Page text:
Did Russia’s Internet Propaganda Agency Stage Neo-Nazi Attack on Chelsea Gallery?
The curator now says he doesn't want to be affiliated with the project.
Adrian Chen’s blockbuster New York Times Magazine story this weekend about Russia’s government-run “troll farms”—teams of operatives paid to introduce industrial-strength levels of misinformation into the Russian internet and beyond—raises major questions about how governments wage information war in the Internet age. Perhaps one of the most head-spinning possibilities raised by the story concerns a troubling, heretofore unexplained attack on a Chelsea gallery show this past year.
On the morning of October 2, 2014, “Material Evidence. Syria. Ukraine,” a group photojournalism exhibition purporting to show the “whole reality about the countries involved in civil war,” on view at a rental space in the former EyeBeam location (540 West 21st Street), was vandalized by three mysterious attackers (see Ukrainian Photo Exhibition in Chelsea Vandalized).
According to Hyperallergic, one of the attackers is said to have pepper-sprayed the curator of the show, German-American photojournalist Benjamin Hiller, declaring, “You bring shame on the Ukrainian people.” Others distributed leaflets with Nazi imagery, and scrawled the word “LIE” next to one of the exhibition’s exhibits depicting “a member of a far-right group giving a fighting lesson to anti-Russian Ukrainians,” according to the New York Times’s report on the incident.
According to the Times‘s report, police never followed up on the incident because there were “no visible signs of injury.” The perpetrators were never heard from again.
The show was between tour stops in Berlin and Moscow. Footage of the Berlin outing, from the RT news network, gives the flavor of the exhibition’s mixture of artifacts of war and anonymous photojournalism:
Chen’s lengthy Times Magazine story focused on Russia’s cyber-propaganda division, known as the Internet Research Agency, originally organized to counter the social media-savvy of anti-Putin protesters in 2011. More recently, however, an elite section of the organization has focused on English-language trickery. Their efforts include elaborate hoaxes such as spreading word of a terrorist attack at a chemical plant in Louisiana and a fake police killing in Atlanta. Both incidents included not just scores of dummy Twitter users spreading viral misinformation, but fake YouTube clips depicting the sensational events.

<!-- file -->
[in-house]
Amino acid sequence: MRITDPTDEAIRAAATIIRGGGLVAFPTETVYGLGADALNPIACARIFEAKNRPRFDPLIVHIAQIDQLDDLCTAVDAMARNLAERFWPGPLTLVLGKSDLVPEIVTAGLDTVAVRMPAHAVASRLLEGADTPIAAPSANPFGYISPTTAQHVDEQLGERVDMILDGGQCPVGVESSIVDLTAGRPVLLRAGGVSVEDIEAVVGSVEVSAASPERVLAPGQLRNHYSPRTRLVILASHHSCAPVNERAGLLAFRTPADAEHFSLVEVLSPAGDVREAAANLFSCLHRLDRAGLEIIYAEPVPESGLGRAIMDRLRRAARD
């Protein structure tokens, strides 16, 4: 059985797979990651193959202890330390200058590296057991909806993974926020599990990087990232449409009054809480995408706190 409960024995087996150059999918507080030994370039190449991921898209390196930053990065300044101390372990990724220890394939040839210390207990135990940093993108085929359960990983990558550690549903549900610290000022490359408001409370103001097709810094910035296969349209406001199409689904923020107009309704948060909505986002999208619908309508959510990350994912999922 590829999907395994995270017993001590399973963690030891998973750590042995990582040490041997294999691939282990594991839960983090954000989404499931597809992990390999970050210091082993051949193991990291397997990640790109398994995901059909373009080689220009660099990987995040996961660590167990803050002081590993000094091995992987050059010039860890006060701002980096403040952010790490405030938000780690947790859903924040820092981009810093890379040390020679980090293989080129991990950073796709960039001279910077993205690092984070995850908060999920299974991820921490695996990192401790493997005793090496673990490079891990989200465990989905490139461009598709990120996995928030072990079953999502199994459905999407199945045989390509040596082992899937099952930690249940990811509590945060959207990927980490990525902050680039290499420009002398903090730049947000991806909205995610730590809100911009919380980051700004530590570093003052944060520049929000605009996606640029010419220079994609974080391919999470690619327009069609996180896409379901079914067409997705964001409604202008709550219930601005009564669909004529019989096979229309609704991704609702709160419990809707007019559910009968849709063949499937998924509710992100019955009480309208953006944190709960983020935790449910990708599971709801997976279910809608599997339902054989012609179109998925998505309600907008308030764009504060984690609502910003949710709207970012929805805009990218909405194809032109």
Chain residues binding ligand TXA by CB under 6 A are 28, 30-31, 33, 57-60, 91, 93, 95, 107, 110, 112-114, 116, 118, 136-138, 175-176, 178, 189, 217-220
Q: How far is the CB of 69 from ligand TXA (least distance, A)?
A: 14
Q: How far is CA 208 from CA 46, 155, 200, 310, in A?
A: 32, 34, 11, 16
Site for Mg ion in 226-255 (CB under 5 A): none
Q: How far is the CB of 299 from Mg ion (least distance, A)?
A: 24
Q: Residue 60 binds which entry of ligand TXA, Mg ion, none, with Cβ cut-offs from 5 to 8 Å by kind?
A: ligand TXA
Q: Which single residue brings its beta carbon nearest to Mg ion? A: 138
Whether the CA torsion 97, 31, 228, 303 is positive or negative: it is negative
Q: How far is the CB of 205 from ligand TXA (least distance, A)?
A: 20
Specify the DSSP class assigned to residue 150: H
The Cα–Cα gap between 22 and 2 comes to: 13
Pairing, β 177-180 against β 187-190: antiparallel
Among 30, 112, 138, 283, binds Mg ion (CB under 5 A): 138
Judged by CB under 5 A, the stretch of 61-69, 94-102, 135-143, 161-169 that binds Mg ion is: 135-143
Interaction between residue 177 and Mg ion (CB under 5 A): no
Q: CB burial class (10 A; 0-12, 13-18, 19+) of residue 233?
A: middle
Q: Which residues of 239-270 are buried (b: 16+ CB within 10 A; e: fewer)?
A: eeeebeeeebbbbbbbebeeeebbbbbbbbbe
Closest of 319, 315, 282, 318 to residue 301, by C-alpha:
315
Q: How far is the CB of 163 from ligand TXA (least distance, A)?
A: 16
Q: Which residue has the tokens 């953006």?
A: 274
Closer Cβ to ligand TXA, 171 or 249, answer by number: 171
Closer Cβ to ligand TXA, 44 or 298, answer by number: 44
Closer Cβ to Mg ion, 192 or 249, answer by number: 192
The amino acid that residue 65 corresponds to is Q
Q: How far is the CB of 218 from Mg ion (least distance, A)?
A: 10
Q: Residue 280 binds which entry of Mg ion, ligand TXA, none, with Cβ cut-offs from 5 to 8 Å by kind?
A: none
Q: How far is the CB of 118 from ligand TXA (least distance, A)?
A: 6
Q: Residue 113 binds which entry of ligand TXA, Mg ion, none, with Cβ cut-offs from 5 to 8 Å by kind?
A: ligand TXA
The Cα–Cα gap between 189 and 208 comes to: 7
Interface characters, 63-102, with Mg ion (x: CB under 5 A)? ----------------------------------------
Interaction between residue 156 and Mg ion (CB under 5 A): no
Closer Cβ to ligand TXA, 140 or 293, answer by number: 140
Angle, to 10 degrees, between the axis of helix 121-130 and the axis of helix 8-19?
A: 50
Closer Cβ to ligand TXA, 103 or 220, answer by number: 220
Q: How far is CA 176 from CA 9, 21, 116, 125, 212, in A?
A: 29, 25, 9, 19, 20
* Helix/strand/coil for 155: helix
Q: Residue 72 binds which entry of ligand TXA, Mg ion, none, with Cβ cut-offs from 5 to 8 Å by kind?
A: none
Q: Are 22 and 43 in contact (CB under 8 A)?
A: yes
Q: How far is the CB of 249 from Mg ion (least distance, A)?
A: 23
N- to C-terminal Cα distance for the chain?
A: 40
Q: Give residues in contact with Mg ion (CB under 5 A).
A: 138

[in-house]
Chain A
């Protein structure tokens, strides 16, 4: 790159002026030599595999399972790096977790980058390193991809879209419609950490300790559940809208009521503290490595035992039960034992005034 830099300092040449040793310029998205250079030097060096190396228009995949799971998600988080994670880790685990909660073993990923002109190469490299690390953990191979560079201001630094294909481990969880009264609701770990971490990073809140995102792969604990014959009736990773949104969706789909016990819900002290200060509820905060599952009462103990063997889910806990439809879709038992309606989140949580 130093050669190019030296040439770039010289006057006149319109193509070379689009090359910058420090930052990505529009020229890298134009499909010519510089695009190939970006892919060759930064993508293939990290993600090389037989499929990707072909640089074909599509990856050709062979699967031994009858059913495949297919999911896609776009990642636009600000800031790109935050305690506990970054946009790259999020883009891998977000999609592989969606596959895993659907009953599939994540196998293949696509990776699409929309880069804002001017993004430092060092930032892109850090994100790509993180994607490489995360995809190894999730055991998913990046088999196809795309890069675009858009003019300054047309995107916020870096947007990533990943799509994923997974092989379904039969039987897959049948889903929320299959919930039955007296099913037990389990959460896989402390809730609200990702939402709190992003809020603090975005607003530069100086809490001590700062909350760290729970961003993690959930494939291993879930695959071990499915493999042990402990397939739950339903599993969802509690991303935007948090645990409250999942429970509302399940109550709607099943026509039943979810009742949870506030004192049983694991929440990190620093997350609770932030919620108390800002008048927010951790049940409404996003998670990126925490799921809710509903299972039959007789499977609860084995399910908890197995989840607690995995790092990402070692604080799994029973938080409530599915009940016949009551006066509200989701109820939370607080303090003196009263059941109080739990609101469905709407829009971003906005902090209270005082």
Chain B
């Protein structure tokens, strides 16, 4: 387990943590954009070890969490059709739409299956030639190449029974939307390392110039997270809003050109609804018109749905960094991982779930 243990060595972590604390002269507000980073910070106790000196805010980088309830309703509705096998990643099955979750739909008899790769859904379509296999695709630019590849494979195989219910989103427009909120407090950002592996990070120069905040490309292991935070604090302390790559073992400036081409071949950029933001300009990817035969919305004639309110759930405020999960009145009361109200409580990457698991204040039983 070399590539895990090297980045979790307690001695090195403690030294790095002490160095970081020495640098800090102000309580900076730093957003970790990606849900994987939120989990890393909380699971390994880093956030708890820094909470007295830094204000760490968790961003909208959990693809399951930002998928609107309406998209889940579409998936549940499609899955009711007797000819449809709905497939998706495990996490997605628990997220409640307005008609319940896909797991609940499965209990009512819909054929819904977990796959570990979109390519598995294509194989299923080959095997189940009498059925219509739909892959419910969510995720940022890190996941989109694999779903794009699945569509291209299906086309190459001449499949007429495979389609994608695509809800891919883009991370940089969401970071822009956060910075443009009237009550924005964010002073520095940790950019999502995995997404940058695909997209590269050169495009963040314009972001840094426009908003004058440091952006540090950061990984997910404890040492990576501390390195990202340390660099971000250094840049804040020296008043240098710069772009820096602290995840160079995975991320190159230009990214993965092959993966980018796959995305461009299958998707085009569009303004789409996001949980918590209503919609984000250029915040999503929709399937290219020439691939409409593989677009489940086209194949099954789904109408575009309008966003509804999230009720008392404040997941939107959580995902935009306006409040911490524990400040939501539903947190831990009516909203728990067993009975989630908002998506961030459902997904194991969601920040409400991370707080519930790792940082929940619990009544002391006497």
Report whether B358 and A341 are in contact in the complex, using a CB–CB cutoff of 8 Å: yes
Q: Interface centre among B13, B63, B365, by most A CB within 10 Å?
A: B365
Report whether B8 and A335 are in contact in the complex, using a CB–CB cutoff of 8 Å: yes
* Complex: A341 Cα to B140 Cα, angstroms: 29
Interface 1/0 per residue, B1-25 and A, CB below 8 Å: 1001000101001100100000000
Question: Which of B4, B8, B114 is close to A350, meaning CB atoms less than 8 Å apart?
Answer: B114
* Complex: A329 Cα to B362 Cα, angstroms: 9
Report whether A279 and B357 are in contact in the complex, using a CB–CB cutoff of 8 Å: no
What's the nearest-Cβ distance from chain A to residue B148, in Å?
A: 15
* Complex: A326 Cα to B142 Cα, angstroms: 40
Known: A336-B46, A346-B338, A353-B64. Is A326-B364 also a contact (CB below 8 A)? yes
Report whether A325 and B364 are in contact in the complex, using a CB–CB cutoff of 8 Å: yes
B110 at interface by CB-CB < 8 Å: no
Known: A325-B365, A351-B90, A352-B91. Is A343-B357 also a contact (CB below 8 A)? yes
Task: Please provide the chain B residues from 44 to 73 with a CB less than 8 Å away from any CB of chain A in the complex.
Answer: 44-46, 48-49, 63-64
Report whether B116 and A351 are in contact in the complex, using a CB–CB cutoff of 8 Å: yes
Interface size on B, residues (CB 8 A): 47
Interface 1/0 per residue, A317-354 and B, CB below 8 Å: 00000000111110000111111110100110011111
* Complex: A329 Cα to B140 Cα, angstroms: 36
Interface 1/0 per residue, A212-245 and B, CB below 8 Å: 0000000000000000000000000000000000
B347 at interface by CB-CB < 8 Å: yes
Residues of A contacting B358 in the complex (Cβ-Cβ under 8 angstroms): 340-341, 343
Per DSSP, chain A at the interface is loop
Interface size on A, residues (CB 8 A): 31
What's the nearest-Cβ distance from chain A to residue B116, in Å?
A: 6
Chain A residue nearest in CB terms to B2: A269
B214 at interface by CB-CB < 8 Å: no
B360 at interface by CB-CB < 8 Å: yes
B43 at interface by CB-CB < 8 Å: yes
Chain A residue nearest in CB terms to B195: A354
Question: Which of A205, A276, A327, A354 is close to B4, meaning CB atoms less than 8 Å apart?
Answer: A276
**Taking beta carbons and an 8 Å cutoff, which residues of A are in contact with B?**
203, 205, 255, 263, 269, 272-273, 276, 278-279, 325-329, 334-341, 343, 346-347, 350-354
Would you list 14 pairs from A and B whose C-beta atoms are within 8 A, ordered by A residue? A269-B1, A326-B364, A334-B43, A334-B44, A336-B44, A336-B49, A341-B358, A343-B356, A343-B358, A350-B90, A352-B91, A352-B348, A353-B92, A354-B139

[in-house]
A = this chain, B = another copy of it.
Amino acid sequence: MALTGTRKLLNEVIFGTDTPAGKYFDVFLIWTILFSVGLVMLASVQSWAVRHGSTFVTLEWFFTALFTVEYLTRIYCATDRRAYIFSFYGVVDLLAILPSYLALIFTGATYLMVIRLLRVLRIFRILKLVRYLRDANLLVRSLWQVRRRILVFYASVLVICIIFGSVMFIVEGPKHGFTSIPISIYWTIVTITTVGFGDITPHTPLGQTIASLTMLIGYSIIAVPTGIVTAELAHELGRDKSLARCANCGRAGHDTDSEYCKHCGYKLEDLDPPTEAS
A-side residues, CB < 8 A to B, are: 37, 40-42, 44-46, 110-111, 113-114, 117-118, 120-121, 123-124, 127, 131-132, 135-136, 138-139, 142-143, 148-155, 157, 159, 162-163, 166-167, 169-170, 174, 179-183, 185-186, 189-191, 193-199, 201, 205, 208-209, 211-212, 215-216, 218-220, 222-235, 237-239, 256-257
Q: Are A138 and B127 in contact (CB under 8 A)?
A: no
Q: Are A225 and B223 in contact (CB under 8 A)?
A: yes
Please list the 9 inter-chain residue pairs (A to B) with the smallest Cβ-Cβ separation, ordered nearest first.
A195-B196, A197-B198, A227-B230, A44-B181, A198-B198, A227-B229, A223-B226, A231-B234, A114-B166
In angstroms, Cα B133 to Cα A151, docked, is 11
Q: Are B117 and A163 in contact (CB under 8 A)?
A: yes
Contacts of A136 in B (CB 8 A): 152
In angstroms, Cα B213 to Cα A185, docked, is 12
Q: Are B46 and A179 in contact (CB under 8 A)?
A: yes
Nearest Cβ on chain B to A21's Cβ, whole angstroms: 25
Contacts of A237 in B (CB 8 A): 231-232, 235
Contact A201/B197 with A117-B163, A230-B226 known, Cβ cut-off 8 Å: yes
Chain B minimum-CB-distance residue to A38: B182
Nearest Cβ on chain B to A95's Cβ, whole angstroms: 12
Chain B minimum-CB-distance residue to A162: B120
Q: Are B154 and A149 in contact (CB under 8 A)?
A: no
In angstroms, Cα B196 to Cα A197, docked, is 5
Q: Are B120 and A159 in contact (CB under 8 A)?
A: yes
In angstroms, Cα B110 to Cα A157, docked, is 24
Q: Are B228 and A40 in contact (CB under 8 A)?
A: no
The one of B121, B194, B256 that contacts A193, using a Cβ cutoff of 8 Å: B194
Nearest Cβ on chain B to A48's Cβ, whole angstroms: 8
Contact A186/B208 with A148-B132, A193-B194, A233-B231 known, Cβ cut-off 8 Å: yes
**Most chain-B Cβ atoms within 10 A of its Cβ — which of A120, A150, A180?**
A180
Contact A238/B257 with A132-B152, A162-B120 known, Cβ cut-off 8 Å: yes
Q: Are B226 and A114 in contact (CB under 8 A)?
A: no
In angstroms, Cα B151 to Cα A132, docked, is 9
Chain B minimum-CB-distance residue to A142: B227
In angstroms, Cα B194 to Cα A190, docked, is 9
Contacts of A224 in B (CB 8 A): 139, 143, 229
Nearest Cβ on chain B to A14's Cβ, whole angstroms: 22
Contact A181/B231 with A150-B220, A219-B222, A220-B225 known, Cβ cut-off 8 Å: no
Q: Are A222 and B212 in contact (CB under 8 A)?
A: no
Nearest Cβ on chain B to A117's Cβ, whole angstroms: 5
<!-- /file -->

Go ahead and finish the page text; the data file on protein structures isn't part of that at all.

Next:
In the course of his report, Chen connects the Chelsea show to the Agency, tracing Twitter accounts promoting “Material Evidence” to previous attempted hoaxes, such as the above fake chemical explosion in Louisiana. He also reports that Hiller, who previously went to great lengths to defend the show’s objectivity, now says that he “does not want to be affiliated anymore with the project” due to its “nonjournalistic approach.” (artnet News was not immediately able to reach Hiller for further comment.)
Oddly, however, unmentioned in the Times Magazine essay is the attack on the gallery, an explosive news story at the time that probably did more to promote it than the 250 subway ads. The elaborate but strangely tone-deaf schemes documented in Chen’s story cast the strange events in Chelsea in a distinct new light.
Reporting on the attack in its immediate aftermath, art reporter Mostafa Heddaya noted that questions had been raised as to whether it had even really taken place, as well as about the origins of the well-produced and well-advertised but supposedly grassroots photo show itself (an RT report identified its backer as a right-wing Russian paper, while Gawker relayed a story from one of the curators that it was funded by a “silent guy” who brought “a bag of cash and dropped it for them with no explanation”).
Eight months later, Chen’s story raises the question: Could the vandalism attack have been a media stunt set up by Russia’s misinformation specialists, designed to portray pro-Ukrainian activists as thugs in the U.S. media?
This is speculation. But if the notion seems beyond the bounds of possibility, consider one of the more incredible turns in Adrian Chen’s article, which concludes with the author himself becoming the object of an elaborate media hoax. Clandestine footage of an interview Chen did with a source at a St. Petersburg cafe was recut so as to appear that he was consorting with a notorious neo-Nazi, then circulated in the Russian media—evidently an effort to pre-discredit his Times Magazine story on the Internet Research Agency.
“I thought the attack was pretty odd when I read about it,” Chen told artnet News yesterday when asked if he was aware of the attack on “Material Witness,” and how it might relate to his larger story, “and after what happened to me in Russia I wouldn’t be surprised if there was something more to it than it seems.”
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